I don’t as a norm use foul-language in my everyday vocabulary, and I know Ms Ebanks has a strong faith… but, she had the balls to take on the system when it was clearly wrong, and won – yes, WON! For those who knock her, a win is a win and this is what she did, WIN!
In my writing, I often comment that I’m in no way an activist of any sort and that remains – my idea of ‘activism’ is refusing to do housework when Alex asks (I say NO to manual labour!). That said, we all should speak-up when we know something to be wrong, and more so when the truth has been spoken or in this case ‘written’.
I’ve never met Ms Ebanks and don’t know her, but she has done something wonderful and should know that eventually ‘the truth always gets out, it’s inevitable’. Olivea has played her part and done what was needed, and it is now up to others like myself to encourage those who believe in fairness and equality whatever their race or faith and so forth, to find a copy of her book and read it.
Judge for yourself her story, and whether it is unbalanced and misleading. That’s what I have done.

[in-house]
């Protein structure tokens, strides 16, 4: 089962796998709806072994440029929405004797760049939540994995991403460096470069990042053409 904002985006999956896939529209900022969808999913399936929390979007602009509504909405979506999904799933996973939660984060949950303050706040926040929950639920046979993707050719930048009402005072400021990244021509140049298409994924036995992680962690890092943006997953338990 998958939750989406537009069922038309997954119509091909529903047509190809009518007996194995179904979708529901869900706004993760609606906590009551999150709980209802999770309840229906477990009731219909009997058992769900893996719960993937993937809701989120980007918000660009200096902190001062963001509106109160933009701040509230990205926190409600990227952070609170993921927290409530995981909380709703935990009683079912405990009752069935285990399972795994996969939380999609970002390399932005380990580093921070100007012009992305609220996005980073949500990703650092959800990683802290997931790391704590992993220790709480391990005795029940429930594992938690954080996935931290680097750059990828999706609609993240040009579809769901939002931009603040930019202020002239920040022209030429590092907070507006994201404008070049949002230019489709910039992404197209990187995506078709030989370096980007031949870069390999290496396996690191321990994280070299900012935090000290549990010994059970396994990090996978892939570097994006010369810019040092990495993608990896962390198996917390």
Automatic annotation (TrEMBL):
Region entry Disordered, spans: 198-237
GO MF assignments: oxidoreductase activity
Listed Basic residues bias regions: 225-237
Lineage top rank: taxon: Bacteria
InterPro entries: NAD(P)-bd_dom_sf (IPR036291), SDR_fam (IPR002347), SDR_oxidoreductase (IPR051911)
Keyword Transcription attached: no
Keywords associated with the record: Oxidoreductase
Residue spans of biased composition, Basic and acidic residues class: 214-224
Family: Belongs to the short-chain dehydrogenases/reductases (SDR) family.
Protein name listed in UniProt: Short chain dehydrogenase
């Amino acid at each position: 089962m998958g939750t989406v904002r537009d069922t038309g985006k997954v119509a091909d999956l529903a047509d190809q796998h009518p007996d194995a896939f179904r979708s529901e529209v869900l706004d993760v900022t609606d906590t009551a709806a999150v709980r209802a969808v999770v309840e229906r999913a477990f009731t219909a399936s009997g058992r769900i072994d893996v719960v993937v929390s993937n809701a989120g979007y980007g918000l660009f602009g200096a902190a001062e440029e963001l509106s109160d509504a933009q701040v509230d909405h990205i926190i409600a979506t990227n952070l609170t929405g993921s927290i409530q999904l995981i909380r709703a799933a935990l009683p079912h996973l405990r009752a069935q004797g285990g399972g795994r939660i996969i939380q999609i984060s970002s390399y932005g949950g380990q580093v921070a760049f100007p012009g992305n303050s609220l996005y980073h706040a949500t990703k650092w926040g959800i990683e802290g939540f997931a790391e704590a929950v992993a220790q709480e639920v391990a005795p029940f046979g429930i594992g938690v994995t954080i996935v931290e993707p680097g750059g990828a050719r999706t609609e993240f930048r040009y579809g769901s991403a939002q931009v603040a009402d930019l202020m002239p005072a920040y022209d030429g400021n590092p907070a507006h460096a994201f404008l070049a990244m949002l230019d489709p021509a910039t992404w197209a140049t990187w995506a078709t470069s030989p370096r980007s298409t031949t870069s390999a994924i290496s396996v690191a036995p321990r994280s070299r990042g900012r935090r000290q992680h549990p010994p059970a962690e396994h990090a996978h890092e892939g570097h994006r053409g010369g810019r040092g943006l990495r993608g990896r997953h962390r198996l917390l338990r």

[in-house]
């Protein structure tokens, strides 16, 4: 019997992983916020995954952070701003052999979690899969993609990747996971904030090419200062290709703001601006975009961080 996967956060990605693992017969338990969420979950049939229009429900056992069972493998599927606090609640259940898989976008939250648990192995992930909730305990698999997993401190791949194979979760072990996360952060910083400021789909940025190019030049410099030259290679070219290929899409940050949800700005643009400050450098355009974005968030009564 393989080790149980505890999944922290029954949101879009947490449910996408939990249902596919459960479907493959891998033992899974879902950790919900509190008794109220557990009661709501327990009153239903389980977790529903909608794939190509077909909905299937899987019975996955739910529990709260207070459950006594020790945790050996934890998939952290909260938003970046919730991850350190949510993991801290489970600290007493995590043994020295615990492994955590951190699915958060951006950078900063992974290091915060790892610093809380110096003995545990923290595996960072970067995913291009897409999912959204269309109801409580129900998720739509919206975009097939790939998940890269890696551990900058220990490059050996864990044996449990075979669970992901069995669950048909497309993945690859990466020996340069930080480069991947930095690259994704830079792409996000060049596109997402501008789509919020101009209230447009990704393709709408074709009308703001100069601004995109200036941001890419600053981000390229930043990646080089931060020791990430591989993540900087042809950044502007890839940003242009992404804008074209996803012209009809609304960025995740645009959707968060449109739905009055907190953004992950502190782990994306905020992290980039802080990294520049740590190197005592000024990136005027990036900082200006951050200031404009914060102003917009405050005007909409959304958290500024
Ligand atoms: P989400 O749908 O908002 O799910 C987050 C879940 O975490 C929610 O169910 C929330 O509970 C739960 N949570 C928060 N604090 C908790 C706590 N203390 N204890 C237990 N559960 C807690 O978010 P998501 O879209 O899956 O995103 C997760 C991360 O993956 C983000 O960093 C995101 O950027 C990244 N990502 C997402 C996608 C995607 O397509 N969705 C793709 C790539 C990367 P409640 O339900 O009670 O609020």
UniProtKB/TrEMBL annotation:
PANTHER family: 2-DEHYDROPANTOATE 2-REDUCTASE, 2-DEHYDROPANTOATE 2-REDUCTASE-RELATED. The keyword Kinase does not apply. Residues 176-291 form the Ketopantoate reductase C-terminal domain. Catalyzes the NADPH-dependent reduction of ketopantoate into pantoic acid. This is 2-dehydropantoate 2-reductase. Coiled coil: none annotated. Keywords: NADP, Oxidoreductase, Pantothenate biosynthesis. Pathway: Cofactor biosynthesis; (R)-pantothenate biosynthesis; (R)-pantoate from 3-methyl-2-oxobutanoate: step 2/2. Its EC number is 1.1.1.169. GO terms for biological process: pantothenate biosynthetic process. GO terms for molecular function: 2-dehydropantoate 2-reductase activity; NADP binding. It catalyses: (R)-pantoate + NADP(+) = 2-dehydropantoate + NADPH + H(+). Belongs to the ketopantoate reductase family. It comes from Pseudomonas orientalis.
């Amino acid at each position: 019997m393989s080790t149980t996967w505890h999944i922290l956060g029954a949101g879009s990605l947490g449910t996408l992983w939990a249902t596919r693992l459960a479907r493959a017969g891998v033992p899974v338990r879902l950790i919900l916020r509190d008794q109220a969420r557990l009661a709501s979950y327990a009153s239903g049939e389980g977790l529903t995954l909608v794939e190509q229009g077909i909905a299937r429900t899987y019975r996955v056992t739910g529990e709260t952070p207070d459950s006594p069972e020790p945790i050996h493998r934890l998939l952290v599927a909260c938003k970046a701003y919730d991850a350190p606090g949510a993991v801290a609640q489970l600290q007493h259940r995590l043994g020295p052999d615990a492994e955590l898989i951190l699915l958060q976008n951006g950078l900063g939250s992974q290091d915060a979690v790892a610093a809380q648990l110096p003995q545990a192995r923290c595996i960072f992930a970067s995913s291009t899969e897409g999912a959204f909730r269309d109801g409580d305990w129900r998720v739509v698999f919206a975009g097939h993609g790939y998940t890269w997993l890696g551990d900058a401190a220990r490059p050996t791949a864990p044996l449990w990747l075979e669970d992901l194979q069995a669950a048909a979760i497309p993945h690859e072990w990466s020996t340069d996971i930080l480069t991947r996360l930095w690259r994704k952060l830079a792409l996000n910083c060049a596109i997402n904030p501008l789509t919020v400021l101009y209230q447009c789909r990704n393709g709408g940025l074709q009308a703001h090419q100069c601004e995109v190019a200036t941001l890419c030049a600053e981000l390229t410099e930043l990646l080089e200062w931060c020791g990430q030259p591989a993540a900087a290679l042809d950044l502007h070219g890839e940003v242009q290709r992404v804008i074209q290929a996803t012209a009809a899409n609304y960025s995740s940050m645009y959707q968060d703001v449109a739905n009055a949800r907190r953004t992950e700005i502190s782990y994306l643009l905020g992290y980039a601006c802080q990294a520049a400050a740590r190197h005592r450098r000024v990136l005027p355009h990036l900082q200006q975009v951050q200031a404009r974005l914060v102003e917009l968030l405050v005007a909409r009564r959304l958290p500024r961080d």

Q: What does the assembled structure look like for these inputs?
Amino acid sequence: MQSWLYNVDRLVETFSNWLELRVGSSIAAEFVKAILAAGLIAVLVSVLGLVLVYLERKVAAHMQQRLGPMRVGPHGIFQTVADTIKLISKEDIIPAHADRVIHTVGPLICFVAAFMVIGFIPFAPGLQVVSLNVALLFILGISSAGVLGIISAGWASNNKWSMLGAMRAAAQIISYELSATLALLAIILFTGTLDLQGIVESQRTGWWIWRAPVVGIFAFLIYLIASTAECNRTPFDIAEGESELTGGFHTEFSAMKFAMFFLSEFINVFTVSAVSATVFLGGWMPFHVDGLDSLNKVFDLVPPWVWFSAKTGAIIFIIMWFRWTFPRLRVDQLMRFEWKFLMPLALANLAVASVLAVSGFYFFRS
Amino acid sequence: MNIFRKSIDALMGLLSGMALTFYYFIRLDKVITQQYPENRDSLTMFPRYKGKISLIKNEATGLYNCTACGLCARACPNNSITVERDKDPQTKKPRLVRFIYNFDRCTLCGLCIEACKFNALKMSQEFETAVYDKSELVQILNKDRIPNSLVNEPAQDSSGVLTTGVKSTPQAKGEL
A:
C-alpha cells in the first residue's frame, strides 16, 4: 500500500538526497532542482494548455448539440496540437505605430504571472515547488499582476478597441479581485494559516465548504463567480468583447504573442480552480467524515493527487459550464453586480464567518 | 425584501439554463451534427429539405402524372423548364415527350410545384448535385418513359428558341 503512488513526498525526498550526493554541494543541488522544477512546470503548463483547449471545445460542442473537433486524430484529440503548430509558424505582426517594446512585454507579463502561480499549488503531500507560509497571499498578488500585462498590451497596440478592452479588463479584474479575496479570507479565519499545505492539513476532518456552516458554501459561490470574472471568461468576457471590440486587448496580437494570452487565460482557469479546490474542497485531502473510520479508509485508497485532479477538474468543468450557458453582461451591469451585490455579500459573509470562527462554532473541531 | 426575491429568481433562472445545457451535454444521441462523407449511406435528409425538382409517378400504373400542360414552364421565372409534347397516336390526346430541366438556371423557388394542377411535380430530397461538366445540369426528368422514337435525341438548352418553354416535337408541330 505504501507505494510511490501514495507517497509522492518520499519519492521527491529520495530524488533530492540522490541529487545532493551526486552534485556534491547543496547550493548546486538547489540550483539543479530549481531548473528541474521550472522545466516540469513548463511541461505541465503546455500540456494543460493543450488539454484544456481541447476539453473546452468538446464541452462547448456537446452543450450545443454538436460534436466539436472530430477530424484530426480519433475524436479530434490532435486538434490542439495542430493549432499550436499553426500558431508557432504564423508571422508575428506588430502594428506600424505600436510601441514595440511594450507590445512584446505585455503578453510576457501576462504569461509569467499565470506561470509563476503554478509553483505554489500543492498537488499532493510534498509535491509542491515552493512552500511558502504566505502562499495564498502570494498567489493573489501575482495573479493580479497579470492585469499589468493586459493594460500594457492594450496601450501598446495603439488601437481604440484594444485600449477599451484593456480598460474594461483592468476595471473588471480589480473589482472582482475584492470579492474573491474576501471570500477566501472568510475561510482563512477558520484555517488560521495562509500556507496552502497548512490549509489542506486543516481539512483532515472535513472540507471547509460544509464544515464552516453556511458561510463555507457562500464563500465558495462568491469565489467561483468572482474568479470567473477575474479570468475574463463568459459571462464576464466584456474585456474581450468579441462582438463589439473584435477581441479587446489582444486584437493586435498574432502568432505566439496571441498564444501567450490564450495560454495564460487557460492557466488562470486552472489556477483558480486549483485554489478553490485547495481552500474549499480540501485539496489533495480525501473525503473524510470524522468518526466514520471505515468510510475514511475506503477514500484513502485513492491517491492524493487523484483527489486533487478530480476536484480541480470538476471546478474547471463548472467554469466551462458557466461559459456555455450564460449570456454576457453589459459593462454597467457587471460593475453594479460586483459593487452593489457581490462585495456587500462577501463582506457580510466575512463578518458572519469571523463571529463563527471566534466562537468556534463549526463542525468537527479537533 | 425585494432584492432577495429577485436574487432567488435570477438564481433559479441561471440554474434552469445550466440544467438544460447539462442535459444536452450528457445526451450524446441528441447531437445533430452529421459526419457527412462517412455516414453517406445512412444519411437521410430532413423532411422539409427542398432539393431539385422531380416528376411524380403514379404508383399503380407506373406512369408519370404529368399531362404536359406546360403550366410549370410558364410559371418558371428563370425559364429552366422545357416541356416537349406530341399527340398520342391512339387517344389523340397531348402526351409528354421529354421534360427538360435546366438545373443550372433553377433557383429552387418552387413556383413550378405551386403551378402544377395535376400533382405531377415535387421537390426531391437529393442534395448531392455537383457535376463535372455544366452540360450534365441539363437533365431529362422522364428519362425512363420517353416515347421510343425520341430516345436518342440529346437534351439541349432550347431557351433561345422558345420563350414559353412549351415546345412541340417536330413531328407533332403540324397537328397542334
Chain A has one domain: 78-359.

Towards the end of her book, Olivea gives great ‘food for thought’ having experienced what she has. I was inspired to read that when others have done us injustice, waiting for apologies and for that fact ‘justice’, makes us dependent and at the mercy of others! How true?
Olivea writes that rather than pursue ‘inclusion’ i.e. us wanting or needing to fit in (as comes naturally to most of us), we should be pursuing ‘achievement’. This made me think, that sometimes it doesn’t matter how hard you try to fit-in with others and be a team-player and so on, you will never be ‘one of them’. The sooner we understand this, the better for us.
I love that the ‘strongest’ word (possibly) in Olivea’s book is ‘retaliation’ and she doesn’t mean fighting back either! She says that the best retaliation to any form of prejudice or discrimination is… success. As simple as that – priceless.
We all know our own capabilities and limits, yet we often wait for others to approve these and accept us. As Ms Ebanks puts it… expect less from others and more from ourselves.
My brother recently told me… Better to fight on your feet, rather than your knees.
This has been a SPECIAL ‘View from the Bottom’ where Olivea M. Ebanks was… Almost British!
UPDATE: The book, can be bought via Minkah Justice on Amazon or by email to: firstname.lastname@example.org
Take care, Max x
Live Healthy, Laugh Often & Love Yourself!
Published by My Mum. Copyright © Kevin Maxwell Film, Media & Performance 2011.